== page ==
• Publish official guidelines on the implementation of Criminal Code article 282 (incitement of hatred on religious, ethnic and other grounds), clarifying that this article should only be used to prosecute hate speech against individuals, not criticism of beliefs or religious practices, although such criticism may offend the feelings of some parts of the population;
  • Put an end to ongoing investigations, and reconsider previous cases against individuals and organizations who have been accused of ”extremism” merely for exercising rights protected under international law, for example by preparing and distributing publications that proclaim the righteousness and superiority of particular beliefs or by engaging in scrutiny or criticism of issues relating to faith;
  • Abolish the current system of black-listing publications found “extremist” for distribution in the country, or at least, as a first step, change the system so that only regional-level courts can make decisions to include publications on the federal black-list and so that such decisions can be appealed through a special procedure.

To all OSCE participating States:

  • Ensure that measures taken in the fight against religiously motivated hatred and violence are consistent with the framework provided by international law and safeguard the right of all citizens, whether they profess religions considered traditional, belong to minority religious communities or are atheists, skeptics or unconcerned, to express their beliefs, convictions and opinions in a peaceful manner;
  • Ensure that incitement to hatred legislation is clearly and unambiguously worded so as to strictly limit its scope to advocacy of hatred that constitutes incitement to discrimination, hostility or violence against individuals on the basis of religious or other characteristics, and so as to rule out the possibility that this legislation can be used to punish criticism of religions, beliefs or schools of thought.[11]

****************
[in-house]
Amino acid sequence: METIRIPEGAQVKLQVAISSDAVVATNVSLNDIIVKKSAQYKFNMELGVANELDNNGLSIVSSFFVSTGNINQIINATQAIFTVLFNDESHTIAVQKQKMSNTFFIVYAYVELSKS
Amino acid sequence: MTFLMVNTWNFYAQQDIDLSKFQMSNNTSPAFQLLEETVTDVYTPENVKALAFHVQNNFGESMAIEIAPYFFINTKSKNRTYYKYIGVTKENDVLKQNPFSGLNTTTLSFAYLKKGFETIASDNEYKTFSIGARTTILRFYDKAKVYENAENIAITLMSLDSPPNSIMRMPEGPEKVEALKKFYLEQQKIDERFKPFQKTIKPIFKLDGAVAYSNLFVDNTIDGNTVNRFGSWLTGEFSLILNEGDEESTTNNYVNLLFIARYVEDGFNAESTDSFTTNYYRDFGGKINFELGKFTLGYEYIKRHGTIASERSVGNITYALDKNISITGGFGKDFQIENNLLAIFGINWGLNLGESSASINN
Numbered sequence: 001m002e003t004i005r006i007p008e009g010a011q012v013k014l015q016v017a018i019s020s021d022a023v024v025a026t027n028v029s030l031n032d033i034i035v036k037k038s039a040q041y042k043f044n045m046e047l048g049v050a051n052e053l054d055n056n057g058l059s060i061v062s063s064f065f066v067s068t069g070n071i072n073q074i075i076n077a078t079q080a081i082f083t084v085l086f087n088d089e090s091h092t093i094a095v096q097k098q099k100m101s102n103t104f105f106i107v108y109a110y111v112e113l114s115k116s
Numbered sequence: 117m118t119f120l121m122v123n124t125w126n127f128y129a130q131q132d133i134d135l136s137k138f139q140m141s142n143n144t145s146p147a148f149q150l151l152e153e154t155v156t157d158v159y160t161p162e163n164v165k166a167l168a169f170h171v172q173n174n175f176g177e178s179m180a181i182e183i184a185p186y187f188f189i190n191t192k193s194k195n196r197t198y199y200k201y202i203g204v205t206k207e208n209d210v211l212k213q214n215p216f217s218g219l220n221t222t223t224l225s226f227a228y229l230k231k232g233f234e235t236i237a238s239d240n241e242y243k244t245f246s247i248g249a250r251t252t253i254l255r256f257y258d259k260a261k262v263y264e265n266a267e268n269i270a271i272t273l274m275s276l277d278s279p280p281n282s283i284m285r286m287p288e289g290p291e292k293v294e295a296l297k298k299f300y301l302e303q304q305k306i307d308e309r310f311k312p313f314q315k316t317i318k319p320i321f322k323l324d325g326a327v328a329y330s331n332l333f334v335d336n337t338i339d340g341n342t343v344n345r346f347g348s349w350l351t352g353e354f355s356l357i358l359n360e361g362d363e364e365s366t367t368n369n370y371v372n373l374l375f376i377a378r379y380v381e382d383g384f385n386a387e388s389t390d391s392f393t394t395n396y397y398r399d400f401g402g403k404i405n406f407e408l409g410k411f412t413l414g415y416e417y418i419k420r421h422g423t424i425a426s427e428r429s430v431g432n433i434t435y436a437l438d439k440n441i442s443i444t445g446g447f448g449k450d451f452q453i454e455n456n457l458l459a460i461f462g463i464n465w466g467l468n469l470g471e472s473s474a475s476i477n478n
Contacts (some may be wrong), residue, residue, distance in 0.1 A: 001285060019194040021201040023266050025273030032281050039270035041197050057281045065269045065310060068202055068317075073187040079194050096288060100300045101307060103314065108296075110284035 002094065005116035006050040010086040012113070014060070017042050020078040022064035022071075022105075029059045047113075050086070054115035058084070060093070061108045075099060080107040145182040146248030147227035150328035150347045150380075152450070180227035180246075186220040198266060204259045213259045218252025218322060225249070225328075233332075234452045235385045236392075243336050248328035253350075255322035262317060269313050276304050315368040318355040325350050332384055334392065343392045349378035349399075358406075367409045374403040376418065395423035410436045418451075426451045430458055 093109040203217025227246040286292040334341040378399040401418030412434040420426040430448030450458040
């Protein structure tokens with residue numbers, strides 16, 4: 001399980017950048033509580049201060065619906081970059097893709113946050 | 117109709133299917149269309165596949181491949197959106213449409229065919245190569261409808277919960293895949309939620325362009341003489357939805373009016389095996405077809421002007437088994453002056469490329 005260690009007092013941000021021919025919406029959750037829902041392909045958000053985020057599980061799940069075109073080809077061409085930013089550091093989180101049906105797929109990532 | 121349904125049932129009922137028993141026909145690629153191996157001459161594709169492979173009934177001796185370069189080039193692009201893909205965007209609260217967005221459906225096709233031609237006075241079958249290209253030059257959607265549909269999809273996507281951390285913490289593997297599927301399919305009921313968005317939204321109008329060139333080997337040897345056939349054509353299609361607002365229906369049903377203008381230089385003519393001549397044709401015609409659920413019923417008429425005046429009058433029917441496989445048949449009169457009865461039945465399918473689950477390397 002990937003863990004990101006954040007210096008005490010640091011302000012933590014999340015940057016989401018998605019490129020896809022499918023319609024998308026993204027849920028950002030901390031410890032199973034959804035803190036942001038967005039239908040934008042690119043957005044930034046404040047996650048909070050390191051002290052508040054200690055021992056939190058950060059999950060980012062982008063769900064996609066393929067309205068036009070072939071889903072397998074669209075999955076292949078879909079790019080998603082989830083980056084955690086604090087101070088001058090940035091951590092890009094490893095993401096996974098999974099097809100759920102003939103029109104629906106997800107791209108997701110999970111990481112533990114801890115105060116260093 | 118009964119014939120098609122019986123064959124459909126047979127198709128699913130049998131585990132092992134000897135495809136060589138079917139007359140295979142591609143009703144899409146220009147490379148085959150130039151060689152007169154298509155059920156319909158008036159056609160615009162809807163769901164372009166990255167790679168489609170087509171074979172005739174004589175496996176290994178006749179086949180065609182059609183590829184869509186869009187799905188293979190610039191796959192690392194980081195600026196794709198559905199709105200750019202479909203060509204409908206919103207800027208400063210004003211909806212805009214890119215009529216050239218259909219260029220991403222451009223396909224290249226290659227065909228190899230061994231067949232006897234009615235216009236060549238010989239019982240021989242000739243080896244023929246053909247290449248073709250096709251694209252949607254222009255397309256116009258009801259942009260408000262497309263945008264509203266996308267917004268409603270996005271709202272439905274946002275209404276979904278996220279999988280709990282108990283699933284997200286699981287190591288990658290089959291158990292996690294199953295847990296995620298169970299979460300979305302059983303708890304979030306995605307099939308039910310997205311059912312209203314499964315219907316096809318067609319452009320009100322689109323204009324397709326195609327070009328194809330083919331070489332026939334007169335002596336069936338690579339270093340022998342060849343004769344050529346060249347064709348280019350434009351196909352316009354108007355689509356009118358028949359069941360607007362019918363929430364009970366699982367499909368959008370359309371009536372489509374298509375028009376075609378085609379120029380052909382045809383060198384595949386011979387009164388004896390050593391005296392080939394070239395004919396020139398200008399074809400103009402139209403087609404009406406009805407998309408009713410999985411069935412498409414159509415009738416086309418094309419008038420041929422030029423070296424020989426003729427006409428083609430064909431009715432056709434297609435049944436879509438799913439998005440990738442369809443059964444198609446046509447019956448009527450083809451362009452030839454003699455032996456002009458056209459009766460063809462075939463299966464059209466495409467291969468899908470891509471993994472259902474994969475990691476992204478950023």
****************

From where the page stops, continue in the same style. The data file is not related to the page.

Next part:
[1] For a thorough discussion of developments relating to the fight against “extremism” in Russia, see SOVA, Inappropriate Enforcement of Anti-extremist Legislation in Russia in 2008, at http://xeno.sova-center.ru/6BA2468/6BB4208/CD49ACB. Available in Russian at http://xeno.sova-center.ru/29481C8/CB5956B
[2] Organizations and media outlets may be warned and closed down for “extremist” activities, and publications banned for “extremist” content, under the Russian Law on Combating Extremist Activity. Individuals may be prosecuted under the Criminal Code for making “public calls” to “extremism” or for crimes considered to be of an “extremist” character, such as “inciting hatred” or “humiliating the dignity” of others on the basis of religion, nationality or other grounds (article 282). For a detailed analysis of Russian anti-extremism legislation, see SOVA, Anti-Extremist Legislation and Its Enforcement, September 2007. The report is available in English at http://xeno.sova-center.ru/6BA2468/6BB4208/9D8E370, and in Russian at http://xeno.sova-center.ru/29481C8/9CCB151
[3] For example, books written by Said Nursi, a well-known 20th century Muslim theologian of Kurdish origin from Turkey, have been black-listed.
[4] See commentary by SOVA in Russian at http://xeno.sova-center.ru/89CCE27/89CD1C9/CB35F0E
[5] Tanakov was also found guilty of inciting social hatred. The decision was subsequently upheld on appeal. See SOVA, “В Республике Марий Эл вынесен приговор «верховному жрецу»” (“’Supreme pagan priest’ sentenced in the Republic of Mari El”), 26 December 2006, at http://xeno.sova-center.ru/89CCE27/89CD1C9/878F999
[6] Prior to this decision, the Mari El Supreme Court three times reversed the decision made by a lower court in the case and sent it back for re-consideration. An application in the case has been submitted to the European Court of Human Rights. See statement by the NGO Chelovek i zakon (“Man and Law”), which provided legal assistance to Tanakov, at http://mariuver.wordpress.com/2009/04/29/tanakov-ekstremistskoi/
[7] See International Helsinki Federation for Human Rights (IHF) and Moscow Helsinki Group (MHG), “Russian Federation: Mari National Activists Prosecuted for Exercising Freedom of Expression,” 1 September 2006, at http://www.mari.ee/eng/news/polit/2006/09/01.html; and IHF and MHG, The Human Rights Situation of the Mari Minority of the Republic of Mari El, February 2006, at http://www.ihf-hr.org/viewbinary/viewdocument.php?doc_id=6654
[8] See open letter by Yuri Samodurov, at http://www.sakharov-museum.ru/museum/exhibitionhall/forbidden-art/letter-english/. See also appeal (in Russian) by a number of Russian human rights NGOs, at http://www.zaprava.ru/content/view/1858/1/
[9] The indictments against the two men are available (in Russian) at the website of the Sakharov museum, at http://www.sakharov-center.ru/
[10] Samudurov was convicted on similar charges and fined 100,000 rubles (approx. EUR 2,300) in 2005 for an exhibition called “Watch Out: Religion!”, which was also considered to contain “blasphemous” works.
[11] Compare Joint Declaration on Defamation of Religions, and Anti-terrorism and Anti-Extremist Legislation made by the freedom of expression rapporteurs of the United Nations, the OSCE, the Organization of American States and the African Commission on Human and Peoples’ Rights, at http://www.osce.org/documents/rfm/2008/12/35705_en.pdf